Joemat-Pettersson signed the nuke deal ‘in private’

2014-10-08 00:00

ENERGY Minister Tina Joemat-Pettersson was alone when she signed a secretive multi-billion nuclear power agreement with Russia.

Sister paper Beeld can now reveal that the other members on the South African delegation at the annual meeting of the International Atomic Energy Agency (IAEA) in Vienna, where the agreement was signed, was allegedly told to wait outside because the Russian meeting was “private”.

The South African government has for the past two weeks refused to make public the details of agreement signed by Joemat-Pettersson.

Director-general of the Russian nuclear corporation, Sergei Kirienko, said in a statement Joemat-Pettersson had signed an agreement on South Africa’s behalf for Rosatom to build eight nuclear reactors in South Africa at a cost of R559 billion.

South Africa’s government has since said similar agreements had been signed with France, China and Japan, that the agreement with Russia is not binding, and that a transparent tender process will be followed to build nuclear reactors.

Joemat-Pettersson referred all queries from Beeld to the acting director- general of energy, Dr Wolsey Barnard.

Barnard said while he was not at the Vienna meeting, it is not unusual for ministers to have one-on-one meetings.

He said a delegation of the Democratic Republic of the Congo had also met behind closed doors in “protocol discussions” with Joemat-Pettersson last month on hydro-electric power generation.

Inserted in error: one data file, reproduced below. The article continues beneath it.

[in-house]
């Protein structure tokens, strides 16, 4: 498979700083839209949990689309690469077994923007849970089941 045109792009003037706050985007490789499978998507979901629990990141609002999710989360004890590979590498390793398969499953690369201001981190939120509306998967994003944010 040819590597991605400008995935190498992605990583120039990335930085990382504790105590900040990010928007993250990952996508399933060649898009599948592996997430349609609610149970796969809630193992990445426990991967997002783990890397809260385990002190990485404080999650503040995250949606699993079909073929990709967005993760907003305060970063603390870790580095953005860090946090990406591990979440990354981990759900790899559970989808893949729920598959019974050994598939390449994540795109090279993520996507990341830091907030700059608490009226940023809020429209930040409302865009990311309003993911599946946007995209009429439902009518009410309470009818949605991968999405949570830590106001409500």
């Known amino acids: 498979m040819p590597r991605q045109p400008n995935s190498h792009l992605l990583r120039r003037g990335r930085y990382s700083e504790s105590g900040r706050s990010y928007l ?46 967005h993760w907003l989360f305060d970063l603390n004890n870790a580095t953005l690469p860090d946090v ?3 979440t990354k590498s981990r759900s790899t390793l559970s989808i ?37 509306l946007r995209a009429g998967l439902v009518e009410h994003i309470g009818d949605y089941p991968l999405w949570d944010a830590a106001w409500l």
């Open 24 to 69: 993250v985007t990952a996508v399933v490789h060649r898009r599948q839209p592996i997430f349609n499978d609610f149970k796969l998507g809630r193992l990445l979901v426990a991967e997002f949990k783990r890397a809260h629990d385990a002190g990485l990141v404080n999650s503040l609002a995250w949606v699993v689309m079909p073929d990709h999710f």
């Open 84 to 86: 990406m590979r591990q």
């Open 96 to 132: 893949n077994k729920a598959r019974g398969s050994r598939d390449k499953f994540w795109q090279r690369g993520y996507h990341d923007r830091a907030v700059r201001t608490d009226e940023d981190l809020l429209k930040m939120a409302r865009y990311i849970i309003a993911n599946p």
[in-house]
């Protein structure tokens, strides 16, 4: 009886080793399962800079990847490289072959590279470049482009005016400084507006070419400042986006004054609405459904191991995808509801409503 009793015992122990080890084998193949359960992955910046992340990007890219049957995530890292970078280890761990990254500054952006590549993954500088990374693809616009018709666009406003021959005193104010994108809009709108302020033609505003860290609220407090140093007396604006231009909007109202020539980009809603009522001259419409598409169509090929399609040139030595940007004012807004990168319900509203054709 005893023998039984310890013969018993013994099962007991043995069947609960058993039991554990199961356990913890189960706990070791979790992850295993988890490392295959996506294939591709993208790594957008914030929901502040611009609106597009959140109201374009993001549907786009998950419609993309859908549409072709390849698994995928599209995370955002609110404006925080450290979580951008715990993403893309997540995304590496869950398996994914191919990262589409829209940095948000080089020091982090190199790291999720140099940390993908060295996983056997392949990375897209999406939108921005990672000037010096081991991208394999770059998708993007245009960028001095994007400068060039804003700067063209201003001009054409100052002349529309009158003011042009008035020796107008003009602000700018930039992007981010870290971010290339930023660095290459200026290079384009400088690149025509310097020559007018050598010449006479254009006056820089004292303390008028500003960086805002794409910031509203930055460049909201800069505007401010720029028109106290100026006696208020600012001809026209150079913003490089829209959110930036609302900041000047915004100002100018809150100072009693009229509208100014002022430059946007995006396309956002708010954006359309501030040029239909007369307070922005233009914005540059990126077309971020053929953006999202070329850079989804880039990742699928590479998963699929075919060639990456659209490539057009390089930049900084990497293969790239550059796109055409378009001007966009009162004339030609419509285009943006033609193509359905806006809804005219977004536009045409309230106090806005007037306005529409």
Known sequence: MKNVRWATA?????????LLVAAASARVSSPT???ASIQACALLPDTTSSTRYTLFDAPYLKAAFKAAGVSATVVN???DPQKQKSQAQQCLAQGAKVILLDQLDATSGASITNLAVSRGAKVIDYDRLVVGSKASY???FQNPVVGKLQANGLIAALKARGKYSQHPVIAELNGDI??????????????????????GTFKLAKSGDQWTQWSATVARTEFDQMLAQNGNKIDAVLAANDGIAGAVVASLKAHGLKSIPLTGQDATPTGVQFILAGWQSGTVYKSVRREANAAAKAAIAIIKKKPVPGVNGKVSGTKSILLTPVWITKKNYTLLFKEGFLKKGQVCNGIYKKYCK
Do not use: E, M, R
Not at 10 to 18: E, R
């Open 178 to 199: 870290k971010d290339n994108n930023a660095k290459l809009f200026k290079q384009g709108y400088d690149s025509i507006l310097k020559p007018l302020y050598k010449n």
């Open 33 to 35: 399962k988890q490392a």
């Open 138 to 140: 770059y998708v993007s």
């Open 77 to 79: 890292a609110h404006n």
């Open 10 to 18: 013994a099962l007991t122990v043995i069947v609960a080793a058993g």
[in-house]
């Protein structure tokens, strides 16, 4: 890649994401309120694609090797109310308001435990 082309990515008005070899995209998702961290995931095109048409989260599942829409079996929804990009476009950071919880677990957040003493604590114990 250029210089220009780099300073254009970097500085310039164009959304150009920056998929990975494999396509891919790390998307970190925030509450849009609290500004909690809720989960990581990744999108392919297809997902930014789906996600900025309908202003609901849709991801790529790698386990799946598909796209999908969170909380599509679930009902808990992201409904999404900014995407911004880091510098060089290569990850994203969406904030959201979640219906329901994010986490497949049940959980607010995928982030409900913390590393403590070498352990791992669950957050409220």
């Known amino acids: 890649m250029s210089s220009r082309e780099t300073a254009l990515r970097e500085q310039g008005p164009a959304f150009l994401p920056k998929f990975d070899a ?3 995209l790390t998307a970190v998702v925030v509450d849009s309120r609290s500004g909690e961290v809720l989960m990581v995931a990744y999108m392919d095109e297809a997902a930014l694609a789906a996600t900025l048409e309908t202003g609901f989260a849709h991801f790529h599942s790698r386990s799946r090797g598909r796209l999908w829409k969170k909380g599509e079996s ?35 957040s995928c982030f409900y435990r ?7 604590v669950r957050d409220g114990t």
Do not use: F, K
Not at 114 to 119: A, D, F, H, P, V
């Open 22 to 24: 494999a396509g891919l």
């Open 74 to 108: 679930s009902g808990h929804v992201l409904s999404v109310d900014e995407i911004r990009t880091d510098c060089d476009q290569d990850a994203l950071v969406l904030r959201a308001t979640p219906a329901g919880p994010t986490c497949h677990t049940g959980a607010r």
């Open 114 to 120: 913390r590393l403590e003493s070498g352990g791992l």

But Beeld has reliably learnt the South African delegates to Vienna were surprised when they heard what had really happened behind that closed door.

Joemat-Pettersson leaves for France next week, where she is expected to sign similar technology co-operation agreements.

Russia’s technical team had met their counterparts several times in South Africa to finalise the details of the agreement, but Beeld has learnt the final signing in Vienna was a surprise.

The joint statement issued on September 22 by Joemat-Pettersson and Kirienko states the agreement lays the foundation for the acquisition and development of large nuclear reactors in South Africa, which will be based on the new Russian VVER reactors that can generate 9 600 megawatts.

The statement added these nuclear reactors would be the first in Africa to be based on Russian technology.

At a press conference last week Barnard and his colleagues refused to say the statement was wrong.

Deputy director-general for nuclear energy, Zizamele Mbambo, strongly denied that any future tender process would be void because of the bias towards Rosatom.

Barnard said the details of the agreement will be made public when both countries have signed it.

• Beeld obtained a copy of the agreement with Russia from the Energy Department using the Promotion of Access to Information Act (Paia).

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